5. Assignment Rules by Medicare Providers. OIG will review and assess whether Medicare providers are adhering to the assignment rules in billing Medicare beneficiaries. Providers who accept assignment must accept Medicare’s payment and beneficiary co-payment as payment in full for all covered services, and providers are prohibited from “balance billing” beneficiaries for amounts in excess of the Medicare allowed amounts. OIG will attempt to determine the extent to which providers may be billing beneficiaries in excess of amounts allowed by the Medicare assignment rules and will attempt to assess the degree of beneficiary awareness of any potential violations.
  6. Geographic Areas of High Utilization of Ultrasound Services. OIG will attempt to review services and billing patterns in those geographic areas with a high utilization of ultrasound services paid for under the Medicare Physician Fee Schedule to determine if such services are medically necessary. In areas of high utilization of ultrasound services, OIG will examine service profiles, provider profiles, and beneficiary profiles. Proposed revisions to the regulations were again part of the proposed calendar year (CY) 2008 Medicare Part B Physician Fee Schedule.
  7. Geographic Areas with a High Density of Independent Diagnostic Testing Facilities (IDTFs). OIG will review services and billing patterns in those geographic areas with high concentrations of independent diagnostic testing facilities, or “IDTF”s. An IDTF is a facility that performs diagnostic procedures and that is independent of a physician’s office or hospital. IDTFs may have a fixed location, or may be a mobile entity, and the practitioner performing the procedures may be a none physician. IDTFs must meet performance requirements found within the Medicare regulations in order to obtain and maintain their Medicare billing privileges. A 2006 OIG review found numerous problems with IDTFs, including widespread non-compliance with Medicare standards and potential improper payments estimated at $71.5 million. In those areas with a high density of IDTFs, OIG will examine the service profiles, provider profiles, beneficiary profiles, and billing patterns.
  8. Physician Reassignment of Benefits. Generally, Medicare statutes prohibit physicians who provide services for Medicare beneficiaries from reassigning their right to Medicare payments to other entities unless a specific exception authorizes such reassignment. For example, physicians are permitted to reassign to other entities enrolled in Medicare when contractual arrangements exist between the physicians and the entities that meet certain program integrity safeguards, or when payments are being made to a physician’s employer. Certain south Florida investigations revealed schemes in which fraudulent providers obtained identifying information about legitimate physicians and requested reassignments on their behalf. Any physician having a large number of reassignments may be indicative of fraudulent or abusive activity, and the OIG will examine a national sample of Medicare physicians to determine the extent to which they reassign their benefits to other entities and the extent to which the physicians are aware of reassignments requested on their behalf.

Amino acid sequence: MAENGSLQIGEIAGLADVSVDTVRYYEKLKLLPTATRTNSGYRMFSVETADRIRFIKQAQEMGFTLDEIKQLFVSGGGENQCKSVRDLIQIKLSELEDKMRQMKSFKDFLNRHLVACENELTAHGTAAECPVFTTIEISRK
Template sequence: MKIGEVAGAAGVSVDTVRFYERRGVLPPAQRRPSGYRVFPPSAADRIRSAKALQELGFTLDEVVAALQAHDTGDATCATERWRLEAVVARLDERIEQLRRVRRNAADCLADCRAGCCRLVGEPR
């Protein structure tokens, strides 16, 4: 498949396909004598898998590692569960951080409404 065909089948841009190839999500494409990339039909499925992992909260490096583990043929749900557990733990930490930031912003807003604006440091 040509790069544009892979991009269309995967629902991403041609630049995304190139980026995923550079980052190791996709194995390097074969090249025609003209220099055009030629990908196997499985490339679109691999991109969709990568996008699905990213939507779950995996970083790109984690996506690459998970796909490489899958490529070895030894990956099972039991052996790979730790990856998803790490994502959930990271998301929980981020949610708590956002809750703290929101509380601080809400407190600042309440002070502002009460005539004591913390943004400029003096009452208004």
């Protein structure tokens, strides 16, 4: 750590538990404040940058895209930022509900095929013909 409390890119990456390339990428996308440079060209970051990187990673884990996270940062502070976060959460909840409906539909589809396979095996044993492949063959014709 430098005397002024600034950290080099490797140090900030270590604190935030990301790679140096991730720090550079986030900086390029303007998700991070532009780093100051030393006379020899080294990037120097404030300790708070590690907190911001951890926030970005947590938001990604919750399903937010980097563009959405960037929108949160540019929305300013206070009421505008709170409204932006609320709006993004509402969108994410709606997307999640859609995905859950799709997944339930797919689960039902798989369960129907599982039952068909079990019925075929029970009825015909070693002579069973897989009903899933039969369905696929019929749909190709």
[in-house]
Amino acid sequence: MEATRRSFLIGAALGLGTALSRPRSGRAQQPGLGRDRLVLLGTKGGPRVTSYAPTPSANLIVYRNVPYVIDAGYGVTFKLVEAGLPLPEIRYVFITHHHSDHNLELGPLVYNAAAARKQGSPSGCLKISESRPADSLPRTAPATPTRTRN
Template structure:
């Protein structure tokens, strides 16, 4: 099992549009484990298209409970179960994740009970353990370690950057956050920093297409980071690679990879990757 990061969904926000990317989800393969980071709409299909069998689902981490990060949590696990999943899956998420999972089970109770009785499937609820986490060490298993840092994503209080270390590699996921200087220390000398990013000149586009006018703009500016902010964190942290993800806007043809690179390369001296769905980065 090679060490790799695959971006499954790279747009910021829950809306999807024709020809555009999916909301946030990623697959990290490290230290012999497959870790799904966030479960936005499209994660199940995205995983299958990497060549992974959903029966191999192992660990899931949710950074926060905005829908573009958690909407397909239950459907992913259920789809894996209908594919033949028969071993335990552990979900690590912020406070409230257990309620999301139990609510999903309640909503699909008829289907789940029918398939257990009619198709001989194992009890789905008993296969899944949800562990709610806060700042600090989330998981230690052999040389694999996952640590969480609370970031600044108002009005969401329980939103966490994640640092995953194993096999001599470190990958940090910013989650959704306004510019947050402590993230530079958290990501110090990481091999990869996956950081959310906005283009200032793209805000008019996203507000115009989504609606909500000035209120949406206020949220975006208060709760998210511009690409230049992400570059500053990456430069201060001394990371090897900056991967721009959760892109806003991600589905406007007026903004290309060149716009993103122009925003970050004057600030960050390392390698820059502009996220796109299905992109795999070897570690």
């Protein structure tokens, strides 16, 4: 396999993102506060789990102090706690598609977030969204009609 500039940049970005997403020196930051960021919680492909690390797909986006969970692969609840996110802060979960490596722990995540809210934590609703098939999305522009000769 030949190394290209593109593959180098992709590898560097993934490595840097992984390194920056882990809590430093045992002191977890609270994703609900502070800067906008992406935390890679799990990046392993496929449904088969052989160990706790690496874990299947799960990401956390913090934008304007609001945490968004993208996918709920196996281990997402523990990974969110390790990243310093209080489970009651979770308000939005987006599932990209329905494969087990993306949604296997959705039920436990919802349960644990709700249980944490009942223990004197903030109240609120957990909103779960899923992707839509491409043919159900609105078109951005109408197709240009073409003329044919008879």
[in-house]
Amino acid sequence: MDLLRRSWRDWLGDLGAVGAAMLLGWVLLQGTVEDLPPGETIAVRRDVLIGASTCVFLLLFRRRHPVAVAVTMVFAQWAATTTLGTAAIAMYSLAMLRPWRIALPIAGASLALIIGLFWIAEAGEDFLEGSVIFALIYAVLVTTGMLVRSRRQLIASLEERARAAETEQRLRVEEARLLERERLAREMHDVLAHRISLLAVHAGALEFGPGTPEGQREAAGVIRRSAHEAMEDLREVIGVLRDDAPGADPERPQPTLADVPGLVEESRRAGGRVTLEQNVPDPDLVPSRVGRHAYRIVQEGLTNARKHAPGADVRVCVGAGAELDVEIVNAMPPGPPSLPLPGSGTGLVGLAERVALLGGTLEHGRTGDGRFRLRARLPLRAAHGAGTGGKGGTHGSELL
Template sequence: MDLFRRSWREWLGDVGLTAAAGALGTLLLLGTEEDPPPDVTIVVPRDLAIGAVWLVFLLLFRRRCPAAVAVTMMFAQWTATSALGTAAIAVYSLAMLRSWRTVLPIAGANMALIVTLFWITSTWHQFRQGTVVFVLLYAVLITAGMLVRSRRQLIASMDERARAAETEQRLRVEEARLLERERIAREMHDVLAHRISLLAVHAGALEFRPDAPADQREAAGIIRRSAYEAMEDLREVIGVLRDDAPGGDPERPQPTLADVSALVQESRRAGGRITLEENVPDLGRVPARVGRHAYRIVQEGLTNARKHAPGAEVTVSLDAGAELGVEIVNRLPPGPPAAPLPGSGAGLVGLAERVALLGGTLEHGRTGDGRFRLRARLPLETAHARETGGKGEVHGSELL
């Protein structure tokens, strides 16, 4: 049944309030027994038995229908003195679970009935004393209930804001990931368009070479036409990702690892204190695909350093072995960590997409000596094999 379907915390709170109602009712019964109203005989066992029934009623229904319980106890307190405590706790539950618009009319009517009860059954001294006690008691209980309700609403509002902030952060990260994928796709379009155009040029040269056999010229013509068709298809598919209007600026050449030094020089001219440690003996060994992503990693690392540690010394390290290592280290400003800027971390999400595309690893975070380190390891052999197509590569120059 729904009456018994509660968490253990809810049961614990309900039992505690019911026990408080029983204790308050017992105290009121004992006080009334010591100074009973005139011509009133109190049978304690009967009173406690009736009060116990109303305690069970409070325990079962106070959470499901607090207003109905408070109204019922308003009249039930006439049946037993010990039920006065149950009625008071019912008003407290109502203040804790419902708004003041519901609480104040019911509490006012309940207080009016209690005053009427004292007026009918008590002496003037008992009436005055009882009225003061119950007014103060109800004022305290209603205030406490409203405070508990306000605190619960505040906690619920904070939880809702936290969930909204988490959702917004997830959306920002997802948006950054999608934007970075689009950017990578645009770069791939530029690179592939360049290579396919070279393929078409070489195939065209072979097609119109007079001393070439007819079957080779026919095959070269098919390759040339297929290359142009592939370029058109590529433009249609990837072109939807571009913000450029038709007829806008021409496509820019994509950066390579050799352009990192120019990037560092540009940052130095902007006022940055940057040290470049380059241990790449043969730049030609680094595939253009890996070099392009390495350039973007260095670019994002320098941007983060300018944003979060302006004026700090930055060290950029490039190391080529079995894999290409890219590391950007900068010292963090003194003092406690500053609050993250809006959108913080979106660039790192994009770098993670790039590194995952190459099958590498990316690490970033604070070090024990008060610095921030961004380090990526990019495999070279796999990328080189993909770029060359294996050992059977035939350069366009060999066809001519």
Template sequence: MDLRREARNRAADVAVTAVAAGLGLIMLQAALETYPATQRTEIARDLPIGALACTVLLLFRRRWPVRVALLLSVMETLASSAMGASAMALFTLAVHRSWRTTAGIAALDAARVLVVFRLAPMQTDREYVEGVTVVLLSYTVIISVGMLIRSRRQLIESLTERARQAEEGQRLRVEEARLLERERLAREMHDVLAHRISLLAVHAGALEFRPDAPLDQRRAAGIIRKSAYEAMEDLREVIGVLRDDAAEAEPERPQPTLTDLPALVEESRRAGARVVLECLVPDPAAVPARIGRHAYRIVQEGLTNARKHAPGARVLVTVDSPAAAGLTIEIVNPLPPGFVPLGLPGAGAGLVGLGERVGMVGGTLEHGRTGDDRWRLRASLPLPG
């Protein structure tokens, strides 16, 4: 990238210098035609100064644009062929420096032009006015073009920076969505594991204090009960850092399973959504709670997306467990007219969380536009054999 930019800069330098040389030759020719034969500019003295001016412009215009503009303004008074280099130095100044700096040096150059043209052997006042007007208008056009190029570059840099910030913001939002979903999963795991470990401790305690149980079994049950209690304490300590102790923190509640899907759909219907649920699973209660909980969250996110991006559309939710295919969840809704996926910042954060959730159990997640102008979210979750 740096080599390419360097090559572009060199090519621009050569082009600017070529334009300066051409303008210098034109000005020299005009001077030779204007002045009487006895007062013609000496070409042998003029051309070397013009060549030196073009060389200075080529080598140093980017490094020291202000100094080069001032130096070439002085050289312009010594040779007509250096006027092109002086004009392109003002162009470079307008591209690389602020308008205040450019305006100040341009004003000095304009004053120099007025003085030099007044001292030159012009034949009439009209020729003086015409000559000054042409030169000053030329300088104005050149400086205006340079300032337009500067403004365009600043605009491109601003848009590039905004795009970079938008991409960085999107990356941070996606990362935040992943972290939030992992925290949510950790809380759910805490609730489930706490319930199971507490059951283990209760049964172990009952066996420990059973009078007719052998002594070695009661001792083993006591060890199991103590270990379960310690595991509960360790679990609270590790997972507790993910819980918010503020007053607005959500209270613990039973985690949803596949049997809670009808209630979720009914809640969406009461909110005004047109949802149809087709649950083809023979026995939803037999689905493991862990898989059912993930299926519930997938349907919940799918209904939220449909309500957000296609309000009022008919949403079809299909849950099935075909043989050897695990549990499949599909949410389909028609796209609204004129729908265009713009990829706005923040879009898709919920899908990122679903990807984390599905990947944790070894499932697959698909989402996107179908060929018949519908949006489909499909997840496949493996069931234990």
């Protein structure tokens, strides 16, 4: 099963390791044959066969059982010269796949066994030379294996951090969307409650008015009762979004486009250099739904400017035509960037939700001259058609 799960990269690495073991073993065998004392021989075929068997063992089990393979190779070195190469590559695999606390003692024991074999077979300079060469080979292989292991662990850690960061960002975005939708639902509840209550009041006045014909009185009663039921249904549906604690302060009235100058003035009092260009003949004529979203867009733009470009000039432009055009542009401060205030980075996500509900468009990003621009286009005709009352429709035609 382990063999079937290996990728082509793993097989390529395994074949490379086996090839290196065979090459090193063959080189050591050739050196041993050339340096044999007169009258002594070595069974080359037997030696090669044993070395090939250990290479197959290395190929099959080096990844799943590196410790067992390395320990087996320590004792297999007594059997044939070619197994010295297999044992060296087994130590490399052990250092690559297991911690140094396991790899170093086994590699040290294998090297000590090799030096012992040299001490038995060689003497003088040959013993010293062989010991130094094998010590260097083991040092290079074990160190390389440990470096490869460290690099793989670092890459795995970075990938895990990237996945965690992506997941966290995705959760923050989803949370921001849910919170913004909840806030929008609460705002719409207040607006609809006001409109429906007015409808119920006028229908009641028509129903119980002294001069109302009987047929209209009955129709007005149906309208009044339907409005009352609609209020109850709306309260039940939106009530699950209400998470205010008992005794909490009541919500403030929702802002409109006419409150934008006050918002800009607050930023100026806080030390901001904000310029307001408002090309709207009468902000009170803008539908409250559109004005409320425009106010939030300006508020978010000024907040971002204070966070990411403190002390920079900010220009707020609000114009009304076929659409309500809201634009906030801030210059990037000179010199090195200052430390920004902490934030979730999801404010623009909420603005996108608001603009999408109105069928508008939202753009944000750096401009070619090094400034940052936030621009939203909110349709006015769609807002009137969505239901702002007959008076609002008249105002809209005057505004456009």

9. Services Performed by Clinical Social Workers. OIG will review services furnished by clinical social workers (CSWs) to inpatients of Medicare participating hospitals or skilled nursing facilities to determine whether the services were separately billed to Medicare Part B. Federal regulations describe services performed by a CSW that cannot be billed as CSW services under Medicare Part B when provided to inpatients of such facilities. OIG will examine Medicare Part A and Part B claims with overlapping dates of service to determine whether services performed by CSWs and inpatient facilities were separately and inappropriately billed to Medicare Part B.

Contact Dean Mead For More Information

In summary, if you find that you may be the subject of an inquiry with regard to one of the above referenced OIG projects, or if you wish to discuss how one of the above referenced OIG work projects may impact your practice, please feel free to contact Tracy J. Mabry (TMabry@www.deanmead.com; 407-428-5116), or any other member of the Dean Mead Healthcare and Life Sciences Industry Practice Group.